“The biggest question will be how many people end up with insurance,” said Gary Lieberman, a senior analyst covering healthcare services for Wells Fargo Securities. It's one thing to see Congressional Budget Office scoring, he said, “But how many people will be in these state exchanges? Will the subsidies be enough to get people to take the coverage? It raises as many questions perhaps as it answers, or it raises more.”
In theory, the $155 billion in cuts that were agreed to last summer by the AHA, FAH and the Catholic Health Association will be offset by the increase in insured patients. The reductions over 10 years include $36 billion from Medicare disproportionate-share hospital payments, and the remainder from lower annual increases to reimbursements under the marketbasket adjustment method.
But many hospital leaders are still wondering about the timing.
Gary Newsome, president and CEO of Health Management Associates, Naples, Fla., said having cuts kick in before benefits do would hurt many hospitals with thin operating margins. The industry's lobby groups have been promised that the cuts would be slowed if takeup of coverage fell short, Newsome added.
There are also questions about the tax penalties for individuals who don't purchase health insurance, Lieberman said. If the penalties aren't onerous enough or if enforcement is lax, it might leave more individuals choosing to remain uninsured.
Another theme in the law hospitals must contend with is the overarching drive away from episodic, fee-for-service care and toward integration and value-based purchasing. From the patient perspective, that means the ultimate goal is to have those receiving care having a single registration, a single medical card and a single bill for services, said Richard Pollack, AHA executive vice president of advocacy and public policy.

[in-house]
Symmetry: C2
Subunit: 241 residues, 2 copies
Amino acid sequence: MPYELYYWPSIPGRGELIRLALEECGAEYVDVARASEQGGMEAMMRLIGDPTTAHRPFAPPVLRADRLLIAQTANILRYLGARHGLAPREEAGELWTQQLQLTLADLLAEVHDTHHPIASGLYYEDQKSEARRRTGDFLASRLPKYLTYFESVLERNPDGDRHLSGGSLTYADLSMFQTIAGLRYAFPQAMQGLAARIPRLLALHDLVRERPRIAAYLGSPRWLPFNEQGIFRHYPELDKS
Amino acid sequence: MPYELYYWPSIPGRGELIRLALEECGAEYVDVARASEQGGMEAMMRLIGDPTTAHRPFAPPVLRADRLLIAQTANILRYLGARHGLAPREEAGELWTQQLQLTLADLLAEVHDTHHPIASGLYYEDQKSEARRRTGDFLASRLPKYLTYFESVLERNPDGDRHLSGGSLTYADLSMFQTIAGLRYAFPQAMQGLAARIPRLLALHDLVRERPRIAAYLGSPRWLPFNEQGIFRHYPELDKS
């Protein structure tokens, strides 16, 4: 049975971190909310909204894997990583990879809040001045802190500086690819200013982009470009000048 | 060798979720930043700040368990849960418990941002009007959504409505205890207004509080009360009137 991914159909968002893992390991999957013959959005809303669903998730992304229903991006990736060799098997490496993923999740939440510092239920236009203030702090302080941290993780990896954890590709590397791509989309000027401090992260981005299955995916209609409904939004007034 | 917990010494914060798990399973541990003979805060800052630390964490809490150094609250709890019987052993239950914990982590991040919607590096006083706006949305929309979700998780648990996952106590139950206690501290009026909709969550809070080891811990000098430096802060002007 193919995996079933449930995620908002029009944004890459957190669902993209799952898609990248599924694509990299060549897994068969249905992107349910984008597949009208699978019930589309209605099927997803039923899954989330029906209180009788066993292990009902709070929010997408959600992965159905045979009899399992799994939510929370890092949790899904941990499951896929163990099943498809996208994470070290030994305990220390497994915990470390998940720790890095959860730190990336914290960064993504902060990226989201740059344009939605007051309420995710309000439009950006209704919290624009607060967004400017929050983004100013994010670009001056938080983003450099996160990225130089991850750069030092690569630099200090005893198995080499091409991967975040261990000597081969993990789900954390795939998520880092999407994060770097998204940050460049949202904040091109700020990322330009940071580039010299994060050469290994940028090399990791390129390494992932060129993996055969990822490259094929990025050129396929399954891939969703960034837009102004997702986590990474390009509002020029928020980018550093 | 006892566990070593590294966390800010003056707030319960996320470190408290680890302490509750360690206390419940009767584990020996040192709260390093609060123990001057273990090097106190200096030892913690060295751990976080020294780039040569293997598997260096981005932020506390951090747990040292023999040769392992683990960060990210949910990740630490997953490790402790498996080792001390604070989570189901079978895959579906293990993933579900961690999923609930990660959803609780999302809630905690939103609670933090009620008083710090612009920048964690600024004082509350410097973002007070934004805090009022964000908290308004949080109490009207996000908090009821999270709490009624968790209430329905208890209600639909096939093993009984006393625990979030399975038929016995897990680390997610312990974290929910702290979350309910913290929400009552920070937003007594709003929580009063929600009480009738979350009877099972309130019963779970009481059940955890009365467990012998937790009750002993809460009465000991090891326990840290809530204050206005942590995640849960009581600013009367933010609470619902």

Pat Fry, CEO of 23-hospital Sutter Health in Sacramento, Calif., said that goal of integration will pose a challenge in places like California, which doesn't now have large multispecialty groups with close relationships to hospitals.
“There is a strong, strong message that Congress wants to see healthcare delivered in a much more integrated fashion, so silos are going to be a thing of the past,” Fry said.
The law does contain some important changes regarding tax-exempt hospitals. Not-for-profits will have to clearly and visibly advertise their financial assistance policies, and must guarantee that they've made every effort to ensure that charity-care patients do not qualify for financial assistance before resorting to means like collections. Not-for-profits must also begin making community needs assessments every three years to make sure their “community benefit” activities are actually justified by the needs of their surrounding communities.
Hospitals must also limit charges for emergency and “other medically necessary care” for patients receiving financial assistance to the lowest amount paid by any insured patient for the same service, excluding gross charges.
Michael Peregrine, a healthcare lawyer with McDermott Will & Emery, said that while it appeared unlikely not-for-profit hospitals could actually lose their tax-exempt status under the law, flouting the law could spell public relations headaches beyond the $50,000 penalty spelled out in the law.
Critically, the law does not contain a “bright line” test that would have defined tax exemption as a function of revenue devoted to charity care, as was publicly discussed during Senate negotiations on the bill. Hospital advocates argued that their worth ought not to be defined simply by free care, particularly at a time when the amount of charity care is expected to drop precipitously as 32 million Americans receive health insurance.
In the for-profit hospital world, investors have already cast a better outlook on investor-owned hospital stocks, said Lieberman of Wells Fargo Securities.
For the better part of a decade, investors have focused on uncompensated-care trends. The periodic negative surprises in this area, often in the form of large accounting charges related to bad debt, have kept long-term, value-oriented investors away from hospitals, he said. While the reform law won't eliminate all uncompensated care, he added, it could reduce it significantly and take away a lot of the volatility from the earnings results of these companies.
Newsome at Health Management Associates said he already has noticed a change in what investors are interested in. “The questions up until this reform became very real and alive in the last few weeks have been about bad debt,” Newsome said. “We're not getting those questions now, so that may be a sign that investors aren't as worried about it anymore."